So many companies have failed miserably when trying to set up their international business channels. A company would never think twice about creating a new production line without a project manager and a well structured project plan, even firms fitting new kitchens these days offer a project manager so why would you approach such a critical process of growing your global business on an ad-hoc basis? Would you appoint an IT project manager to manage the build of a water treatment plant or a project manager of a washing machine plant to build aerospace engines – No!  So why do so many companies believe they can succeed in international markets by using an American or European centric resource? This is an international sales and marketing task where the markets are very different than that of the American or European so doesn’t it make sense to use an appropriate resource? Think of this venture like a project and think of your International manager like you would a project manager – they have a difficult task to accomplish and need to approach it professionally, you need a lead person who has the skills and experience of not just managing overseas agents but a hunter that has worked the territories before, knows the trail and can sniff out the right targets. He needs to understand how overseas channel partners think, what drives them and turns them on and to be able to empathize with them.

I remember when I worked for a data communications company, we were doing quite well throughout the APAC region via our existing agents and distribution channels but we needed an order of magnitude increase to grow the company to the next level. I approached the International VP and told him that I needed to remove myself from the international channel management role and focus on a new growth strategy. I planned, managed and focused my effort and channeled all my energies into striking up an OEM deal with one of Japan’s largest companies. Because of the strategic and planned approach and with good tactical positioning I was able to secure the deal which yielded an enormous increase to our Far East revenues and ultimately had a huge impact on the share price of the company as a whole. Of course it left me with another problem and that was I had to source manufacturing for this scale of volume in Asia and to negotiate with the Taiwanese to get this up to speed asap, but it was a nice problem to have. The message here is that I managed the task like a project, I had the connections in Japan, knew how to deal with the Japanese from my past channel role and did not try to shoehorn it in with my day to day job of managing the existing partners.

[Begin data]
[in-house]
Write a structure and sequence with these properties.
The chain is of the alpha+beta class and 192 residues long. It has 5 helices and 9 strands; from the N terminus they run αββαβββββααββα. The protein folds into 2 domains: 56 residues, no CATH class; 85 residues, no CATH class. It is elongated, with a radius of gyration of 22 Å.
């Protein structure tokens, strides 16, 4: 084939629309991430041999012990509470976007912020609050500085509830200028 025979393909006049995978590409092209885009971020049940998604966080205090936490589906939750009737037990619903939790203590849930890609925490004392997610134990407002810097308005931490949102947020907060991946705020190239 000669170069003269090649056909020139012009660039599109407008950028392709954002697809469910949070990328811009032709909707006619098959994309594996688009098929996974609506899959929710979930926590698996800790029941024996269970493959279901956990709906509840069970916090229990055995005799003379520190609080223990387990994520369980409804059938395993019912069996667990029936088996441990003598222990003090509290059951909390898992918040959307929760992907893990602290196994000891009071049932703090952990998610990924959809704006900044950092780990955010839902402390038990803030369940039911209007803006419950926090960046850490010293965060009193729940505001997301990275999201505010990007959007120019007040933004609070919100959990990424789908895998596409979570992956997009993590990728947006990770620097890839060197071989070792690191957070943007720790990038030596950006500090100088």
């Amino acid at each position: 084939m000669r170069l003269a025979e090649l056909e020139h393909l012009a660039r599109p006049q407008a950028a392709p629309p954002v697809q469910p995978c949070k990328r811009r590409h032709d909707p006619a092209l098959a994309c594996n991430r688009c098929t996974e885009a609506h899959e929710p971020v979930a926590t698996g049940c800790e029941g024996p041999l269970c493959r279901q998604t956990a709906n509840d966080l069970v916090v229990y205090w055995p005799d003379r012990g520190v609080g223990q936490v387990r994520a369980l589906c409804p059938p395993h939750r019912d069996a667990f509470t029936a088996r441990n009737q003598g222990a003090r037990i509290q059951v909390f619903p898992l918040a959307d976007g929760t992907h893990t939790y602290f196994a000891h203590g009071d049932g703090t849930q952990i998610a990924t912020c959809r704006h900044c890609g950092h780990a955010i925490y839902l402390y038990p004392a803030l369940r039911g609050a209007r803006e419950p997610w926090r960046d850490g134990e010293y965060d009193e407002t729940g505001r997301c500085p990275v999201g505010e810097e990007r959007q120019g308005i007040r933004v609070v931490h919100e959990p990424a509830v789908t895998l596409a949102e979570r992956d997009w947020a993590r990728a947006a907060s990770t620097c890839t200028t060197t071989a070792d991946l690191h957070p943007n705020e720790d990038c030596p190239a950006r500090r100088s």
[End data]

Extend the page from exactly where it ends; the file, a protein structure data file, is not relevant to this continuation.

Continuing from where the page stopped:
Yet it is not only the key individual that makes it a success. Like all successful projects they start with capturing the requirements and creating a requirements specification, defining a solution, building a solution, trials and tests and rollout. It  has a timeline, budget and cash flow. The foregoing tasks can be translated into Discovery – in brief the establishing of the products or services that can be effectively and profitably introduced to the overseas market, a readiness to export survey, reviewing agreements and having a market plan, what costs will be required, will technical support be needed out in territory and how much and for how long etc. Research – What channel structure is best suited to your portfolio, which locations are lucrative and compatible, market size and acceptability, how do your competitors operate, attending trade fairs and exhibitions to glean local knowledge and so on. Engage – striking up discussions, working contacts, meeting players, evaluating strengths and weaknesses, what investment they will make, selecting the right channel, have them test trial your products, come up with a local rollout marketing plan etc. Administer – monitor the whole process with cross checks to the original requirement and refinements. Manage – ensure the process is running to time and budget, communicate with other internal stakeholders, make sure the introduction of your product to the local market is going as planned. Only then will you Succeed. Think of this as your international DREAMS model approach and conduct it like you would any other project.